Early on in Room, Brie Larson’s Joy, a young woman who was kidnapped and imprisoned in a soundproof room seven years earlier, nurses her painful, rotting tooth. Her five-year-old son Jack, a boy not born into the world but into the very same 10 x 9ft room, asks if it’s ‘Bad Tooth’ that’s ailing his mother, to which Joy replies, “Mind over matter.” Jack then gleefully declares, “If you don’t mind, it doesn’t matter.”
This concept of a person’s mind being a stronger fortress than the physical one they’re confined to is the essence of Room. Joy’s mental fortitude, not only to survive for seven years in a tiny room with no windows and weekly sexual visits from her captor, but also to successfully raise a child in such an environment, is simply staggering.
Larson’s performance perfectly captures and crystallises a parent’s animus to create mental and physical structures to protect her children. Despite it being just the two of them Jack has plenty of friends: he has his dog Lucky (which he drew on a piece of paper); Sink; Toilet; Chairs One and Two. He’s happy because this is all he knows – and the film deftly highlights the relativism of life: how can you know you are alone or trapped if you don’t know anyone or anything else exists? Larson deserves her Oscar nomination simply for showing the brutal toll of having – in her context literally – the knowledge of the world on her shoulders and concealing it from the one person who deserves to know it all.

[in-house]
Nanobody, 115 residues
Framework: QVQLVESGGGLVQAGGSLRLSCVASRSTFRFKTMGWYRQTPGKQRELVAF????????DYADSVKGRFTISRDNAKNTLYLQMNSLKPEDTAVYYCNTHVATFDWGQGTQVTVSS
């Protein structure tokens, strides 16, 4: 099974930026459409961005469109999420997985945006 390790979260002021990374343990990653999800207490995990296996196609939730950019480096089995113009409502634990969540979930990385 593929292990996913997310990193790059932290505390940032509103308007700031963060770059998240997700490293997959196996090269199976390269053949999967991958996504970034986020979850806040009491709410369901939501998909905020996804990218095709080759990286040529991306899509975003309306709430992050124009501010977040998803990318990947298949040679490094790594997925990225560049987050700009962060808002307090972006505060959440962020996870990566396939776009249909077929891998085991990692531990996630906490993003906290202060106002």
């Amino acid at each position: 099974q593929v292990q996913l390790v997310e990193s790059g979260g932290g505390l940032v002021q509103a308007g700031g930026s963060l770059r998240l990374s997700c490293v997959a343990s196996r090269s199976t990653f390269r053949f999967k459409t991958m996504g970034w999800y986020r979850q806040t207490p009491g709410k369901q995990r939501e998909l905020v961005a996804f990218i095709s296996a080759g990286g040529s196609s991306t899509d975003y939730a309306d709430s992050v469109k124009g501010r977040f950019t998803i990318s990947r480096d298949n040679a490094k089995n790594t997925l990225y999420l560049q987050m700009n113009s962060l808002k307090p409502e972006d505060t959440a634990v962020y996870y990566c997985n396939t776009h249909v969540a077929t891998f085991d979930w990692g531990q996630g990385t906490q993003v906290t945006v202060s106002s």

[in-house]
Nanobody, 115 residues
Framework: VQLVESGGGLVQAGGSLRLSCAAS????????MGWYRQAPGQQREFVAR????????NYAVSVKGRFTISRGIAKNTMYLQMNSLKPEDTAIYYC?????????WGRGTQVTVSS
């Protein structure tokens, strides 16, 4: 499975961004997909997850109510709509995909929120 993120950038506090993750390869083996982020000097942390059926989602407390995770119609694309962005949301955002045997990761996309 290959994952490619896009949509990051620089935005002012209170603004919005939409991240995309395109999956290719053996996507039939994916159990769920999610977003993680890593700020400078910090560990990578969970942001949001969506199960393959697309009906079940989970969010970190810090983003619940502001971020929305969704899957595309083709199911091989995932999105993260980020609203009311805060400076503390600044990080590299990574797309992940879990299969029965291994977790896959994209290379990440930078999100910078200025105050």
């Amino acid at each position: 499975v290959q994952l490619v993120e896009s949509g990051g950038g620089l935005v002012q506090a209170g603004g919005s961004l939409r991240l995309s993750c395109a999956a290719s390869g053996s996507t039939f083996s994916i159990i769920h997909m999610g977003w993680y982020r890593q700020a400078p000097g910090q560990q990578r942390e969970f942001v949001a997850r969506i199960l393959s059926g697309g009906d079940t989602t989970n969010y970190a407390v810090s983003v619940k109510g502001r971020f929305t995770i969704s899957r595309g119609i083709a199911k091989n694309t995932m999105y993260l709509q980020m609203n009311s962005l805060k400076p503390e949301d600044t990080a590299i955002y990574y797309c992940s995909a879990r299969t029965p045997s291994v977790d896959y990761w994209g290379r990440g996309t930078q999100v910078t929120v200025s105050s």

However, while her mind protected her and her son in the darkest of times, it took her to the darkest of places once she left the room. That’s what makes the film one of this season’s standouts – it explores how the mental structures erected by Joy to cope with the severe trauma, fared once she and her son escaped. A lesser film would have presented the escape as the climax of the film. While it was one of the most intense scenes, made genuinely terrifying and breath-taking by the performance of nine-year-old Jacob Tremblay (who bewilderingly didn’t even get nominated for an Oscar) it would have been saccharinely pedestrian to end it there.
Room digs at the irony that ensues following Joy and Jack’s escape from their prison. While Jack takes his first steps into the new world and – albeit extremely tentatively – embraces it for all its novel beauty, Joy cannot fit in, precisely because she knows that nothing will ever be the same as it was before her capture. She looks at pictures of herself with her friends at school and tells Jack bitterly that “nothing” happened to them in their lives. She is angry because no one understands what she went through, because it didn’t happen to anyone else but her. Whereas Jack thrives in a new world, Joy wilts and she doesn’t even fully know why.
In the room it was “mind over matter” because it was the only way she and Jack could survive, but now those mental barriers have fallen into desuetude, forcing her to confront the horrors of the experience she had been putting off for five years.
Room is a beautiful film that rips your heart in two by showing Joy struggling to protect Jack from the brutal reality of their imprisoned existence. Then, as her son thrives in the brave new world and Joy’s mental strength shatters, so do our hearts. However this time, with every little piece Jack helps his mother to pick up, he gives us the “strong” to pick up ours. 5/5